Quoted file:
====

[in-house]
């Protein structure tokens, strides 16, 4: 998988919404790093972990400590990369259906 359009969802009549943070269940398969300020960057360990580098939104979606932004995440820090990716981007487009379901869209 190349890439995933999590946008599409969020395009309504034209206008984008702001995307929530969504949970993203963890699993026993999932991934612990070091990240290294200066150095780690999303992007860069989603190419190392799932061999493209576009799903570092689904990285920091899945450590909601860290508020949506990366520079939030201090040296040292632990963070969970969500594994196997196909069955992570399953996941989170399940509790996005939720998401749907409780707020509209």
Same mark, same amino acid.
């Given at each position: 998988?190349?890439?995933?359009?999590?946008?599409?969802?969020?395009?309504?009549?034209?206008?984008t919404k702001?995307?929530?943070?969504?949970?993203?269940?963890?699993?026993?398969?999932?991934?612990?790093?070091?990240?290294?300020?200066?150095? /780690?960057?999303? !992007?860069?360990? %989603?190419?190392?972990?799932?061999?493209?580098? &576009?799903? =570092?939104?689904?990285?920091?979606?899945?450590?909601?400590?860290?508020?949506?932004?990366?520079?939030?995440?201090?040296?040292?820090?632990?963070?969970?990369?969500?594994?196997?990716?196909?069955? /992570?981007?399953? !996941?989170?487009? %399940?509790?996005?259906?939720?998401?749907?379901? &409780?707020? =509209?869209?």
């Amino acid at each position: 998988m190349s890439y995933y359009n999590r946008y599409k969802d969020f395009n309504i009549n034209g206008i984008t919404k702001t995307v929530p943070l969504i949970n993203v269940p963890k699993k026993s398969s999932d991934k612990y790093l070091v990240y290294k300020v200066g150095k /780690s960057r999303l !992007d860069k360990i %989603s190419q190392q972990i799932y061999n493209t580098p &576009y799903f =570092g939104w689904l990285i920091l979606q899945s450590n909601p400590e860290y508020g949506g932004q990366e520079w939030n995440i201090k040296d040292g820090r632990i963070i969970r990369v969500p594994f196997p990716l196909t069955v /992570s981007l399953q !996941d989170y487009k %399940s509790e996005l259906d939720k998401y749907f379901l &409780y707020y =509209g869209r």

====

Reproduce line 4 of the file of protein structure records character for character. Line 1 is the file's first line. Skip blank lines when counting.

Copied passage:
């Given at each position: 998988?190349?890439?995933?359009?999590?946008?599409?969802?969020?395009?309504?009549?034209?206008?984008t919404k702001?995307?929530?943070?969504?949970?993203?269940?963890?699993?026993?398969?999932?991934?612990?790093?070091?990240?290294?300020?200066?150095? /780690?960057?999303? !992007?860069?360990? %989603?190419?190392?972990?799932?061999?493209?580098? &576009?799903? =570092?939104?689904?990285?920091?979606?899945?450590?909601?400590?860290?508020?949506?932004?990366?520079?939030?995440?201090?040296?040292?820090?632990?963070?969970?990369?969500?594994?196997?990716?196909?069955? /992570?981007?399953? !996941?989170?487009? %399940?509790?996005?259906?939720?998401?749907?379901? &409780?707020? =509209?869209?």